UNHCR's protection chief sees key role in future for Syrian refugee women
News Stories, 4 December 2013
LONDON, United Kingdom, December 4 (UNHCR) – Syrian refugee women have a key role to play in Syria's future, UNHCR's protection chief Volker Türk told a conference in London on Wednesday.
"Despite the conflict, horrors and human rights abuses they have escaped in Syria, refugee women have an amazing motivation and determination to be a positive part of shaping Syria's future," Director of International Protection Türk told participants at the Thompson Reuters Foundation Trust Women conference during a panel discussion on "Women's rights in the Arab world: Has spring turned into winter?"
Türk, recently returned from meeting Syrian refugees in Jordan, Turkey, Lebanon and Egypt, said he came away with a profound desire to create opportunities to empower Syrian refugee women to build a stronger future for themselves and play a positive role in the future of their country.
He added that more than 80 per cent of the more than 2.2 million Syrian refugees were women and children – a particularly vulnerable population facing serious protection risks such as early marriages, child labour, isolation and lack of livelihoods. UNHCR is leading a massive international response to support refugees and the neighbouring countries, in particular the host communities which have been generously hosting Syrians through more than 33 months of conflict.
"I was absolutely struck [when] meeting a Syrian teacher who had lost her husband, and was supporting her three children by making and selling candles in an abandoned shopping mall in Lebanon. Amidst this misery, she had built a small business and was strikingly positive. I saw in her the future of Syria," he said.
During a panel discussion featuring women from Egypt, Tunisia and Syria, Türk said the empowerment of Syrian refugee women could be advanced in a number of ways, including by encouraging their meaningful participation in the international effort to protect and assist their communities in displacement; supporting the growth and activities of women's empowerment groups across the region as well as education and livelihood programmes. Advocating for the elimination of gender discrimination in nationality laws as well as broader human rights protection was also essential.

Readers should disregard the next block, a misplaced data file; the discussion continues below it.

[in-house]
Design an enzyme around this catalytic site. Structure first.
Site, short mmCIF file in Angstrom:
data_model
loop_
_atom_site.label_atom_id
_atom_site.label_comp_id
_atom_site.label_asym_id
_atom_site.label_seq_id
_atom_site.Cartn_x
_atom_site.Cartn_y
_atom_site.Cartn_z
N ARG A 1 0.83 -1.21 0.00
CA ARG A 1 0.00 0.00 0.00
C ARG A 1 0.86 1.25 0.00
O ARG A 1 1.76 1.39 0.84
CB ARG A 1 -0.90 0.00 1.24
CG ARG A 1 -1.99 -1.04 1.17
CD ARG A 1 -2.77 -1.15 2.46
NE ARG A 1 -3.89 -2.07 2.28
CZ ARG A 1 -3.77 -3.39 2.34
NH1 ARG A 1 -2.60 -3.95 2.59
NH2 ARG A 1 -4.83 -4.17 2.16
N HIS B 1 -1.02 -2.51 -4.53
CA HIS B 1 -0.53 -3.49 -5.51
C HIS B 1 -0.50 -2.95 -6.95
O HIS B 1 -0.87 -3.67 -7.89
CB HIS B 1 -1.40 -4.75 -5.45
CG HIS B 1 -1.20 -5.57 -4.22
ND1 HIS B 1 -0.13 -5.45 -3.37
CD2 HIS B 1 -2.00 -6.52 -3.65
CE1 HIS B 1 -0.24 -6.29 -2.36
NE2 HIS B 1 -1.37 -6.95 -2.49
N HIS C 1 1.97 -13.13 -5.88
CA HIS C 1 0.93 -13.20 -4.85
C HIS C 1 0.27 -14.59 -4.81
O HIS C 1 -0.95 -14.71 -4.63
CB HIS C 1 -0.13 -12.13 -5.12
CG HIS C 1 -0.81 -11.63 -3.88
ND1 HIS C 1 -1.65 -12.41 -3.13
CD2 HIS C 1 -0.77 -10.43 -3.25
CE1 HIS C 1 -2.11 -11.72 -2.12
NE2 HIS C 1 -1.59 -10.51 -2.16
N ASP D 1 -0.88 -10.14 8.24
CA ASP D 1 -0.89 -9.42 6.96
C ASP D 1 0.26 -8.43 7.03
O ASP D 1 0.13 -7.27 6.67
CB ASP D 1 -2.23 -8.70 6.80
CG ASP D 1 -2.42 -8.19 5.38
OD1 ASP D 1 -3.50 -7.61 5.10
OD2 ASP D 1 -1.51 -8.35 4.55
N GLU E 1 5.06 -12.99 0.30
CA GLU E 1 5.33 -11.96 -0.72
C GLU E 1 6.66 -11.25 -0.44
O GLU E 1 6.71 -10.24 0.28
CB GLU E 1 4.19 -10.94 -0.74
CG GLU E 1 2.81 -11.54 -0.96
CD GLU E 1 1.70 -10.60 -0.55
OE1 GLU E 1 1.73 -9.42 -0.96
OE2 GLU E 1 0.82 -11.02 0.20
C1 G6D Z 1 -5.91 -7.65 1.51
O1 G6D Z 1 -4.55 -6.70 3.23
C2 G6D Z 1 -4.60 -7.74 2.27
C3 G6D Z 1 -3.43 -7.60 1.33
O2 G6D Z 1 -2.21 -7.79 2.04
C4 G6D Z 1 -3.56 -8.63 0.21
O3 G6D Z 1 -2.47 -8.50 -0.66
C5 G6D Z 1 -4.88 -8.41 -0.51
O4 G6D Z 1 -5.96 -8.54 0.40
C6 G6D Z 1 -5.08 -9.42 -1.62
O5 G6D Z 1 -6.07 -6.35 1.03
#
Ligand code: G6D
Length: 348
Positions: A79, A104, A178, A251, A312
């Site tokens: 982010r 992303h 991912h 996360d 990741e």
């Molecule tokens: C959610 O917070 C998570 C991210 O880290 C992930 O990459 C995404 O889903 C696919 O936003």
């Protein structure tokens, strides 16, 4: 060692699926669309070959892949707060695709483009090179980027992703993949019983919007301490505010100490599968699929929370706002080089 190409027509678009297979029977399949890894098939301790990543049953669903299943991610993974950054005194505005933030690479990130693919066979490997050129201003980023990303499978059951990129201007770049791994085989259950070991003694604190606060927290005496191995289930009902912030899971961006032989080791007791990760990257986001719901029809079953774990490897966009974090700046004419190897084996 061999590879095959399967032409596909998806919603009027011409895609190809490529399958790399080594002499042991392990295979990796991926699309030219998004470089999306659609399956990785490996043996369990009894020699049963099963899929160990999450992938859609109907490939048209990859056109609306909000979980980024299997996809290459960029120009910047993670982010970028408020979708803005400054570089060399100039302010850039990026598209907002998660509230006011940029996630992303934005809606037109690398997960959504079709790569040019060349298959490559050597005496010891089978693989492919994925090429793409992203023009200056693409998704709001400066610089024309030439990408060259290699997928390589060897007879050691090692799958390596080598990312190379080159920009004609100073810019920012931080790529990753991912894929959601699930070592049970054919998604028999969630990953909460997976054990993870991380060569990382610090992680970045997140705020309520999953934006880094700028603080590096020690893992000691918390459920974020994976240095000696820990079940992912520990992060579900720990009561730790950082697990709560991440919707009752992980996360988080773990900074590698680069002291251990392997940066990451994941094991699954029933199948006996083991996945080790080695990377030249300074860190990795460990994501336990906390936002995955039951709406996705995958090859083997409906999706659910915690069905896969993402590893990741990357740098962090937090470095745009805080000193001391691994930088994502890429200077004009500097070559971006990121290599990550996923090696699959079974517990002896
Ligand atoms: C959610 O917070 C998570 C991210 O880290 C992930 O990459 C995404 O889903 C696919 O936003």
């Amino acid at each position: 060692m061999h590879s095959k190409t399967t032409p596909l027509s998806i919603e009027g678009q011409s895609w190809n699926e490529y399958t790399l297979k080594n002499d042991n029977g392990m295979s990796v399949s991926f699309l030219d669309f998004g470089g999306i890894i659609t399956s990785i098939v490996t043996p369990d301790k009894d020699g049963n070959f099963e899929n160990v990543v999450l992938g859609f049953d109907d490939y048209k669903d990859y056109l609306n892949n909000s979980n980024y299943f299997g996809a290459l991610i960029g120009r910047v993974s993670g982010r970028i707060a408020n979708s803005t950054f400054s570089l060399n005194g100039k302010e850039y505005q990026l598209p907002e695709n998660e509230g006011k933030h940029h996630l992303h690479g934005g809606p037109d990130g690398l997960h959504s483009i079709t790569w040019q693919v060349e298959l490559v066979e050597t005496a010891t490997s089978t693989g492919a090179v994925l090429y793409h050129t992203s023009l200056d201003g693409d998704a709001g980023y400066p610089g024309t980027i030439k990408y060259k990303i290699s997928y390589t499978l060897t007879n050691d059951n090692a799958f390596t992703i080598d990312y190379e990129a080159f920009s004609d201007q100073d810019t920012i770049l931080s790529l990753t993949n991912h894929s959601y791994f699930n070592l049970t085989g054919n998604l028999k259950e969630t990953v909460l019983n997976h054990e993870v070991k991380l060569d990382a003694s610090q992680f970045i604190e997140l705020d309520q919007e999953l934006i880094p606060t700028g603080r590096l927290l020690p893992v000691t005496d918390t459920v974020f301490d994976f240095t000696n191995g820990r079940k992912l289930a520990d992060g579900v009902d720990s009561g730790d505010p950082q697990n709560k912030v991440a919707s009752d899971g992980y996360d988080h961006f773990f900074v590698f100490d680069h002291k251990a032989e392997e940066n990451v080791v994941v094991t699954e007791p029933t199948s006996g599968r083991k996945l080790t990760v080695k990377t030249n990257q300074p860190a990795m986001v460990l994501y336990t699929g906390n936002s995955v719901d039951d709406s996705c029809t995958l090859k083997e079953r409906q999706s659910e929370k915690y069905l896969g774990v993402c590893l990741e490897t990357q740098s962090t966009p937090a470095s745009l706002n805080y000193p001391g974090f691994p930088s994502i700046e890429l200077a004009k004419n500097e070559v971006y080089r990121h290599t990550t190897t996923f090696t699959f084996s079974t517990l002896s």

Türk also underlined the importance of the prevention of sexual and gender-based violence in the Syrian refugee situation and UNHCR's efforts to mainstream protection programmes.
"UNHCR wants to hold a forum for Syrian refugee women in neighbouring states to meet and share their stories of empowerment in displacement. By sharing their struggles and experiences, their confidence will be strengthened and they will become long-term advocates of change, not only in displacement but also when conditions are right to return to Syria," Türk added, while asking conference participants to help make this a reality.
UNHCR, which is the leading global humanitarian organization for saving the lives and protecting the rights of refugees, seeks lasting solutions for refugees. But solutions can take time, particularly when there is running conflict. In the meantime, UNHCR finds new ways to help refugees outside their country, build towards a better future by promoting empowerment, self-reliance, encouraging education and improving skills.
By Andrej Mahecic in London, United Kingdom, and Jennifer Pagonis in Geneva